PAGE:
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On Greece, Sustainability and Living Your Life to the Fullest: Iliada Kothra

With my mind always set on young changemakers, I always look for opportunities to connect with the brightest minds that do something extraordinary. By acknowledging that, I need to highlight that with such people you can talk about topics that really define human beings: from technology, art to climate change and mental health.

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Photo credits: Aggeliki Soultatou
Photo credits: Aggeliki Soultatou

That’s why I began my interview series with changemakers that share refreshing ideas on topics that we all see as a core of our fragmented reality. One of the first changemakers I sit down, is Iliada Kothra, activist, women’s rights advocate and a founder of Living Postcards

You are such an inspiring face in Greece – advocate for women’s rights, activist and an entrepreneur. Give us a glimpse of how it all started and what makes you do what you do?

I think that as a kid I wanted to do a lot of things. After studying marketing and advertising, I worked in big companies, but inside I knew that life is not just about big projects, but much more than that. So, I decided to create the largest platform for Greek brands and share the message that Greece in the crisis, but still remains a vibrant country, with a vision and entrepreneurship. However, social issues, such as domestic abuse have always concerned me. That’s why we launched an awareness campaign on this problem.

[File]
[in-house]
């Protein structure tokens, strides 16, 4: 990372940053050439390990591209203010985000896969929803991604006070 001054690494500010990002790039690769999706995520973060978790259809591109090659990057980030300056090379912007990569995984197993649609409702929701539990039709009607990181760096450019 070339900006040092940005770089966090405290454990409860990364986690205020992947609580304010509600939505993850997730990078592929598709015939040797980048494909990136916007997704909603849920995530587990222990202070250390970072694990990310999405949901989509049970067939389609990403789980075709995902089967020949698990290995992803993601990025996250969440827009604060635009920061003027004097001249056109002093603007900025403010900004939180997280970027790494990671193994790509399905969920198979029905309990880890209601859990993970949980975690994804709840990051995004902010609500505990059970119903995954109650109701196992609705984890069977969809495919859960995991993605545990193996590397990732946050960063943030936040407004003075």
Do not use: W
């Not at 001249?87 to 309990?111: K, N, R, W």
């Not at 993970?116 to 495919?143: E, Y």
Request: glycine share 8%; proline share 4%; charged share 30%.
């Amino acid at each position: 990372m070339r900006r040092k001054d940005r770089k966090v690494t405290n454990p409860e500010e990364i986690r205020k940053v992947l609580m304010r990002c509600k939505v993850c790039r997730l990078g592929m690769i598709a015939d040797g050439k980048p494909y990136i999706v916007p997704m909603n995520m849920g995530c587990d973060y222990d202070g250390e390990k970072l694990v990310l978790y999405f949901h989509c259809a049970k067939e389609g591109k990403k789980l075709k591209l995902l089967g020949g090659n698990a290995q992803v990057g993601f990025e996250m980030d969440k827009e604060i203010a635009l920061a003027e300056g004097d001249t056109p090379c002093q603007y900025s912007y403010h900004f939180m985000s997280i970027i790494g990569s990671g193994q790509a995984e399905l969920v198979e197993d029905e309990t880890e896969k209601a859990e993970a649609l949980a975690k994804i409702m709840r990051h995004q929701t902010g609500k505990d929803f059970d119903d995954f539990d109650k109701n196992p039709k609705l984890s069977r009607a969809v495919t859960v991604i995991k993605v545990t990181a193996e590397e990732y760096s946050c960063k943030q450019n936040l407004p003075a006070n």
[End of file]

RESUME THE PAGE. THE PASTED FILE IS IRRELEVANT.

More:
If you were to describe Living Postcards in a few sentences, what would be the things that you would highlight?

Well, we are extremely proud as a team, because in 7 years we have managed to make many small businesses that are now world-wide known, to inspire the world through numerous events with great speakers and, to create the ground for many partnerships. If I would like to highlight a few things, I would say that this project has made many people believe in themselves and feel that they can be entrepreneurs even in the midst of the financial crisis. Through countless articles in Greece and abroad, we have been able to share the country’s new face in areas, such as hospitality, gastronomy, design, fashion, art and music.

You previously mentioned that the financial crisis of 2008 in Greece had inspired people to ‘think out of the box’ – can you elaborate on that a little bit more?

In Greece, throughout the past decades, many citizens leaned on the public sector for security. There were very few examples of young entrepreneurs who wanted to take risks, get back on the boards, evolve, export. Superficial or so-called ‘fake’ lifestyle has led many of us to think that the economy is an endless party. When that party and the resources were over, most of the people lost their well-paid jobs and security they took for granted. This has also led to a crisis of values. What could we do from now on? The only solution was the business. Many have decided to make their old dreams come true. I think that crisis is like a big wave – you will swim, you will drown. Yet, judging by the hundreds of success stories we have on our platform, most of us have managed to get to the coast…